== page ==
Caring for Sutures

Caring for Sutures


Stitches are used by doctor to suture a wound on the skin or other tissue. When the doctor stitches, he/she uses a sterile needle and thread to close the wound. There are many types of sutures and materials that can be used. Of course, the type of tissue and wound condition matters in the choice of materials. 

There are various types of sutures based on the materials such as absorbable and non-absorbable. The absorbable suture does not need to be removed later because it is naturally processed by the tissue’s enzymes and will be a part of the skin and tissue. However, for non-absorbable sutures, it will need to be removed after a certain period. The period for suture removal depends on the location of the wound itself. 

According to the American Family Physician, the guide for suture removal according to the wound location are as follows:

  • Scalp: 7-10 days
  • Face: 3-5 days
  • Chest or back: 10-14 days
  • Arm: 7-10 days
  • Leg: 10-14 days
  • Palm or sole: 14-21 days

Here are some important points on caring for sutures:

  • Keep the wound area in dry and clean condition for the first 24-48 hours.
  • The wound area then can be cleaned 1-2 times a day with clean water and soap. Clean as close as possible to the wound but don’t rub directly in the wound.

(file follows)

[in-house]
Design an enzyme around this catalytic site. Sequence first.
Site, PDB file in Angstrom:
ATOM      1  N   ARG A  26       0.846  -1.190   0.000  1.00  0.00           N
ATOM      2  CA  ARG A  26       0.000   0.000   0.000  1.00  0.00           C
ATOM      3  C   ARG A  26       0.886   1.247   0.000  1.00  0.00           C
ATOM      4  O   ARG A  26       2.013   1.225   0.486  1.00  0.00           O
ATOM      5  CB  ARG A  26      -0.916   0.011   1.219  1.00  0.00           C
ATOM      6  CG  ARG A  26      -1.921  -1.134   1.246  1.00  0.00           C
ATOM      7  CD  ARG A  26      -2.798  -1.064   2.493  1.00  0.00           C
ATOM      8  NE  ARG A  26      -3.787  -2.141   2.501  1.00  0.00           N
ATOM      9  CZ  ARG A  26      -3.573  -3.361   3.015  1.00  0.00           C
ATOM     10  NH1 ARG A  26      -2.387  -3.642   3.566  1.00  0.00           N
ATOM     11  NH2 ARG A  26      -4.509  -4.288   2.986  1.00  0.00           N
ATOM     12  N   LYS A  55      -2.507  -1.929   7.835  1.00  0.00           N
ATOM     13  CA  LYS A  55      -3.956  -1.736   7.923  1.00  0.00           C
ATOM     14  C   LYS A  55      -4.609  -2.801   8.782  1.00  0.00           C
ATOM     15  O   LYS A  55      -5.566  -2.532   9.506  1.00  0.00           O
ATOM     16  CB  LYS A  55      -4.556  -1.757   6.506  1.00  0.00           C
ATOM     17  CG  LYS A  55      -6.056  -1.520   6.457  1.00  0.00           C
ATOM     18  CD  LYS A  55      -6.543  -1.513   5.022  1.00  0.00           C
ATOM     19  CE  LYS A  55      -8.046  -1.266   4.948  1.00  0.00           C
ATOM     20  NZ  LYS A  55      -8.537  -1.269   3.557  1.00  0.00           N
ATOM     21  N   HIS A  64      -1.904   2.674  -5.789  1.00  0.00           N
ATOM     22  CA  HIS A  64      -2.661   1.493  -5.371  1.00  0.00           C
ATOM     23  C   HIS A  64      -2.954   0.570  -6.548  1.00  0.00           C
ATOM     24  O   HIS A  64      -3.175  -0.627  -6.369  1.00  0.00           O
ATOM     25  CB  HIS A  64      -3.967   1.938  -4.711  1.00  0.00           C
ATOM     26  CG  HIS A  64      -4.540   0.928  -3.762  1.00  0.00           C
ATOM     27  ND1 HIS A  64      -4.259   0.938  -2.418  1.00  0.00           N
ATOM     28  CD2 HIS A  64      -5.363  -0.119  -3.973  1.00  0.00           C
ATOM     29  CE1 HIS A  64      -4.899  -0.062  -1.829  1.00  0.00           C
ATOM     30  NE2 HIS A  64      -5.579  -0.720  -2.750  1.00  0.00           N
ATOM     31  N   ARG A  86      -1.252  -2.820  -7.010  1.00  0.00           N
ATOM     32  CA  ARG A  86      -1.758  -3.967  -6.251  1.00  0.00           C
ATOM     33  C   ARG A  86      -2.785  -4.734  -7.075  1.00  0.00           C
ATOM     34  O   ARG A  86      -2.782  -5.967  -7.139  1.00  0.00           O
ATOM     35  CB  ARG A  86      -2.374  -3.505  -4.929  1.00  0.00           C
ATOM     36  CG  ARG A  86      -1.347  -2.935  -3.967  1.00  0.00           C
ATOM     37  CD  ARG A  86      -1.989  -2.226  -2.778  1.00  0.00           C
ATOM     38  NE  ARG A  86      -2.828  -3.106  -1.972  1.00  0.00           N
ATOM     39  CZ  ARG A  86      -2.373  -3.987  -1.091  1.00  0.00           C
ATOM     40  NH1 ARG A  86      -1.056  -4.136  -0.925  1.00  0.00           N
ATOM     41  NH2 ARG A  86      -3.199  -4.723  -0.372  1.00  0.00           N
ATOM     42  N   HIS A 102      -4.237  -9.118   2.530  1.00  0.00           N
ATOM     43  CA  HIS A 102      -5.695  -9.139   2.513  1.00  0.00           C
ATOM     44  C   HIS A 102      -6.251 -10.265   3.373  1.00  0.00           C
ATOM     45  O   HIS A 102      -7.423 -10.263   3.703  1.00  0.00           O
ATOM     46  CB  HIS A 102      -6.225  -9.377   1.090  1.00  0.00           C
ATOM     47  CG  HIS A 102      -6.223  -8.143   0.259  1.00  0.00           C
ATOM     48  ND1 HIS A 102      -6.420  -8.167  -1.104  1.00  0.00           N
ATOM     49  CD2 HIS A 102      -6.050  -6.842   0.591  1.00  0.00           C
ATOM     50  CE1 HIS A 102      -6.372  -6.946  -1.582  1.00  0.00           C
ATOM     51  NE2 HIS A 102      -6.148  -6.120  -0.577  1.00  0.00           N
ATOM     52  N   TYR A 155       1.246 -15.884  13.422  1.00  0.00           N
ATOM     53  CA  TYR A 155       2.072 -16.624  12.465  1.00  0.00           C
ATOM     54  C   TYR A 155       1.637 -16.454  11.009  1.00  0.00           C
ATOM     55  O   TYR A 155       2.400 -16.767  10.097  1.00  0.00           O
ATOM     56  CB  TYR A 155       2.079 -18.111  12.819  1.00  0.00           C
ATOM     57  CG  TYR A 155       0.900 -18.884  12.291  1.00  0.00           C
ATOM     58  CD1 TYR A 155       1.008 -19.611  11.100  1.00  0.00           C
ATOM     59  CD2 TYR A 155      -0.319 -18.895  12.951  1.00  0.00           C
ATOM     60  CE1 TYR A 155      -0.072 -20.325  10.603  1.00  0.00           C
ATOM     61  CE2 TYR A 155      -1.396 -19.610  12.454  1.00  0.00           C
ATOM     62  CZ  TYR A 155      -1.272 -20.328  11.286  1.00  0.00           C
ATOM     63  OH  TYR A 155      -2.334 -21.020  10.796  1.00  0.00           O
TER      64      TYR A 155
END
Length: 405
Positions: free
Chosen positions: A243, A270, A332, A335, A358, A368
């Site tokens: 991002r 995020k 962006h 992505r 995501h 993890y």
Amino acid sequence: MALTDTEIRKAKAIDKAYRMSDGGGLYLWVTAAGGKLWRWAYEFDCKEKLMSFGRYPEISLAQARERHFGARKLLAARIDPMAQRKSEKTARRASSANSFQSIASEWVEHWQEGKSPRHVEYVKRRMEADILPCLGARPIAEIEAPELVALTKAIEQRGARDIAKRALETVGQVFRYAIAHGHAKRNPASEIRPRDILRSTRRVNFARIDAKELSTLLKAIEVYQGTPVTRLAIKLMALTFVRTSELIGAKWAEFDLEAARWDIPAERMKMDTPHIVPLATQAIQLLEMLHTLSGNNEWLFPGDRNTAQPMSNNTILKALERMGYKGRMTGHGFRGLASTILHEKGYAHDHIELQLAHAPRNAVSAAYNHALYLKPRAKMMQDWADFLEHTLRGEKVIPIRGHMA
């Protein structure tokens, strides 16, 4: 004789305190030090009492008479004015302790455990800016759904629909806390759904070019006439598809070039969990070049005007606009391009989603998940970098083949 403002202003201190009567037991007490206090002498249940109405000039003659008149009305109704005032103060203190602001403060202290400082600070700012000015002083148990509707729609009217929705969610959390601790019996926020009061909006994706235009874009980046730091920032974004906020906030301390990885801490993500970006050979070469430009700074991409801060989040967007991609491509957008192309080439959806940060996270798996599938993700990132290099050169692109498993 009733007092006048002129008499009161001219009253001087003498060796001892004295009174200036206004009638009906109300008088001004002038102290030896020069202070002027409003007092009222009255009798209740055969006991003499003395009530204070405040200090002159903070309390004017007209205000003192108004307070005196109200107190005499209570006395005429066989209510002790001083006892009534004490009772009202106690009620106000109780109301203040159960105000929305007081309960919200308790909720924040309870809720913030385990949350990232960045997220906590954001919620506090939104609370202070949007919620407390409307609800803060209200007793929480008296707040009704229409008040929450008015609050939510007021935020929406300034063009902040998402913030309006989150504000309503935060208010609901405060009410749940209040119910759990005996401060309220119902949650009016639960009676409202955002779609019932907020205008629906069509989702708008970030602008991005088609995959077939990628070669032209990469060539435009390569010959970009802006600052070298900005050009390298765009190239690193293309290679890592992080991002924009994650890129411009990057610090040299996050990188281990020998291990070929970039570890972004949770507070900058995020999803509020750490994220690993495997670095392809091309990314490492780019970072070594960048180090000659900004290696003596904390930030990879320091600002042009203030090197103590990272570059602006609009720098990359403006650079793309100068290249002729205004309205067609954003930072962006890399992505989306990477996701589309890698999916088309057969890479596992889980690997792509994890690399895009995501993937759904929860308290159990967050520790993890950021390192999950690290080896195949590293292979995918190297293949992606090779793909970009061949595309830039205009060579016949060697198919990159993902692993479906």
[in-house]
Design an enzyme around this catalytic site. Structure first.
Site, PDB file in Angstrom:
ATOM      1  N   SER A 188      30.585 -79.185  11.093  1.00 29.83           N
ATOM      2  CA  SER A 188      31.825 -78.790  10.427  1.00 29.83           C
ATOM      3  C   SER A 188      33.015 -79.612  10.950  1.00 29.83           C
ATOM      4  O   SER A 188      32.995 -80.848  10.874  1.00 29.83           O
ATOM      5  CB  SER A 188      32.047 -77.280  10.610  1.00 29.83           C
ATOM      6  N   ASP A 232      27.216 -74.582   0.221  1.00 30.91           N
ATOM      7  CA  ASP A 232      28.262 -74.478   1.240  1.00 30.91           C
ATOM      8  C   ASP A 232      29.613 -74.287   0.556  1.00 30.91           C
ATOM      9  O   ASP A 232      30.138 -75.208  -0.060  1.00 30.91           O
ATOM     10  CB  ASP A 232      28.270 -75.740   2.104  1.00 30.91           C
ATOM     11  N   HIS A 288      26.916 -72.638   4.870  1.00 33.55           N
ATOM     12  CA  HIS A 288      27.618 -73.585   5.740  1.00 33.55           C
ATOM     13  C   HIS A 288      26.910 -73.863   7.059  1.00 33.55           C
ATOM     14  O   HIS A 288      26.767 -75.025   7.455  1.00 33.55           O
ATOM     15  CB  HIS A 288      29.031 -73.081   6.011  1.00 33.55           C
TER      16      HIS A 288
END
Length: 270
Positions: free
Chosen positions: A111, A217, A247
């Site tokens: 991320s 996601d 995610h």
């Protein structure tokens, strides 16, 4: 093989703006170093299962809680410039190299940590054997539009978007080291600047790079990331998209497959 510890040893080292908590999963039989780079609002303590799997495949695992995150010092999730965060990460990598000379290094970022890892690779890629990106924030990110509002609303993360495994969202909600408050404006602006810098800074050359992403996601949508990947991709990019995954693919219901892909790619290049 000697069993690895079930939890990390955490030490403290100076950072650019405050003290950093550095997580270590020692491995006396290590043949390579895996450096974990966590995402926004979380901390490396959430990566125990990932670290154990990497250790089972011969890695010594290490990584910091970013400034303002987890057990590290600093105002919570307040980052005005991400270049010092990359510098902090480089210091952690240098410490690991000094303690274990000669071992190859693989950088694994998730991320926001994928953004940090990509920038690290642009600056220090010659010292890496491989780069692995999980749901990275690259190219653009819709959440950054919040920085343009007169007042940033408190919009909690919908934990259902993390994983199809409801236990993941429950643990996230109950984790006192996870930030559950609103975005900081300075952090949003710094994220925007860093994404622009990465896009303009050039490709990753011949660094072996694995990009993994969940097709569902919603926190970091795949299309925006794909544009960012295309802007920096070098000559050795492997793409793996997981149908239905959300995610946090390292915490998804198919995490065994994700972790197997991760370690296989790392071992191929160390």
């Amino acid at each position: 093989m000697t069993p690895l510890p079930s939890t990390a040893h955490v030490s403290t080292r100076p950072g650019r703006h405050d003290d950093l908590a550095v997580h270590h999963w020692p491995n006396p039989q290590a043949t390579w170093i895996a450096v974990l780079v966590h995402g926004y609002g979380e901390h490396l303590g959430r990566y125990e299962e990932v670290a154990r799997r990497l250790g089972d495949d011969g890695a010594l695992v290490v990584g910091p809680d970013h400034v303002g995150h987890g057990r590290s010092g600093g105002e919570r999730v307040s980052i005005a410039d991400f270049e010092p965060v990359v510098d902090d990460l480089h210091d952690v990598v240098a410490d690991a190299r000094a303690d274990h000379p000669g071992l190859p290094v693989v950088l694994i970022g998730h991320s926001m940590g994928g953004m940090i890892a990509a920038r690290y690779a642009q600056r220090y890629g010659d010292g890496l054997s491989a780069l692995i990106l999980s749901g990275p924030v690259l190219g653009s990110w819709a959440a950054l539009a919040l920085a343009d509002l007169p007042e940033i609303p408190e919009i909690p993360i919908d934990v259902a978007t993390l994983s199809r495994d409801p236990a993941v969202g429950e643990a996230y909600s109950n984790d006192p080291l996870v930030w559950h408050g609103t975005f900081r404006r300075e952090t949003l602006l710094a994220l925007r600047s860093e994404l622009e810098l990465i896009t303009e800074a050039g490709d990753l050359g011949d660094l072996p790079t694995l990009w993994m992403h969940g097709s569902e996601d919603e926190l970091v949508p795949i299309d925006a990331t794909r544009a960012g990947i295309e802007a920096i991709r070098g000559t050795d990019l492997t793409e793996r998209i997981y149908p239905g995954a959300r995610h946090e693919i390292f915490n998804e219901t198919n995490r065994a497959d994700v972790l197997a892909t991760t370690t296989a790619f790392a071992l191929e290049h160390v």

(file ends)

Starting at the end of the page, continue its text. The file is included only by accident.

• Press gently around the wound with clean tissue.
  • If there is bandage over the wound, change into clean ones daily and administer local antibiotic as instructed.

Important tips:

  • Avoid re-opening of wound by resting the affected area.
  • Make sure the hands are always clean while tending the wound.
  • If the wound is on the head, washing the hair gently is permitted but do not use too much water.
  • Contact the medical team if there is any question.
  • Pain medications such as paracetamol can be taken with the doctor’s instruction.

Immediately call the doctor if:

  • There is redness, pain, yellow pus around the wound.
  • There is bleeding at the wound location and does not stop after 10 minutes of direct pressure.
  • The location feels tingly or numb.
  • There is fever.
  • Pain in the wound location which does not cease with taking pain medications.
  • The wound has re-opened.
  • The stitches come off.

Proper caring for sutures can avoid infection and support optimum healing process. The scar will be minimal and looks more esthetic.

Reviewed by:
Ditinjau oleh:

Dr. Eddy Wiria, PhD

Co-Founder & CEO Kavacare